For many of us, September will forever be associated with students returning to school — even during a pandemic when learning has now moved to a hybrid online model. For the second-consecutive year, the pandemic has uprooted our normal rhythm of life. Not surprisingly, there is no return to normalcy after a disjointed summer that has seen domestic travel numbers increase while incoming and outbound foreign travel continues to be anemic. While the opening of the Canada-U.S. border on August 9 has boded well for many hoteliers, a surging fourth wave is now creating additional challenges, complexities and apprehension. Adding to the disruptions is the recent election announcement by the Federal Liberal government that will see Canadians return to the polling stations for the second time in only two years, leading many of us to question why the government feels the need to spend millions of dollars on an unnecessary election during a global pandemic.

As the world now grapples with a fourth wave, we are left to wonder just how long can hoteliers continue to keep their doors open and, perhaps, more importantly, just how long can we deal with the emotional ramifications of this calamity.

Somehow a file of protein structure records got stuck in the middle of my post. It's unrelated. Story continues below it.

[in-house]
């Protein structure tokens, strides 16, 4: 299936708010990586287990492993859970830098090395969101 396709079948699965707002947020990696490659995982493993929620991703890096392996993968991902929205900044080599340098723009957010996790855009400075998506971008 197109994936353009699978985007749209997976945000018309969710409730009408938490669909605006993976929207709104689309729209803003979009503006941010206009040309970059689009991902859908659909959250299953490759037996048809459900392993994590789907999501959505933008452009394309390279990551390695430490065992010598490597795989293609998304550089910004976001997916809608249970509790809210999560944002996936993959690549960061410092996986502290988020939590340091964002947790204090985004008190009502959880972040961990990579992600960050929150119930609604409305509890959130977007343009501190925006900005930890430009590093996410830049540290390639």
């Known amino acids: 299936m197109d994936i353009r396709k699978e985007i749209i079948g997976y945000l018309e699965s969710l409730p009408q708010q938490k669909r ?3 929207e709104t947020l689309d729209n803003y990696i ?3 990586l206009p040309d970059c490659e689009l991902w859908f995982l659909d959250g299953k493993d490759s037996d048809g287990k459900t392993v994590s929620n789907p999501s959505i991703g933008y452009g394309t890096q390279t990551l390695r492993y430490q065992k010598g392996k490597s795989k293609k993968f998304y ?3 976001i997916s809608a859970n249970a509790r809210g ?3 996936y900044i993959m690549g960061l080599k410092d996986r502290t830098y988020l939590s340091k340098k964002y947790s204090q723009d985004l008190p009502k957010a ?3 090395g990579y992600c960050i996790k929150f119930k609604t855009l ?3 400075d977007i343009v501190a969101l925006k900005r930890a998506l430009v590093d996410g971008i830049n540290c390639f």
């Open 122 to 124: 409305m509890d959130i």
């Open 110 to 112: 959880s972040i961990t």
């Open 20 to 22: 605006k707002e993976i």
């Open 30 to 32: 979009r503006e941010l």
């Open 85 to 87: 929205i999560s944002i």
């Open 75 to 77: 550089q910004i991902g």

As one of the hardest-hit sectors in the economy, hoteliers have struggled to stay afloat for the past two years. Many may not survive while it will take others several years to return to pre-pandemic levels. This month’s Hospitality Market Report, produced by CBRE, shows just how impactful COVID-19 has been on the hotel industry.

But interestingly, while many industry pundits claim it will take three to five years to return to pre-pandemic levels, others posit we will not return to the status quo for many years — if ever — because too much has fundamentally and irrevocably changed. Take, for example, the recent announcements by two global consultancies at the WIN Global Travel Network and Hickory Global Partners virtual event, as reported by, that they’ve decided to dramatically reduce their business travel in the post-pandemic era. While both these companies have typically spent anywhere from $300 to $600 million on annual business travel, they’ve now realized they can reduce their budgets significantly and/or totally and opt for virtual meetings instead.

While the desire and need for travel will always be a driving force in our lives, especially after the privilege has been taken away from us over the past two years — and clearly in some destinations, tourism numbers are bouncing back — the reality is that business travel will continue to undergo seismic changes in the coming years, which means hotels will be forced to continually re-invent themselves in new and creative ways or risk being left in the dust.


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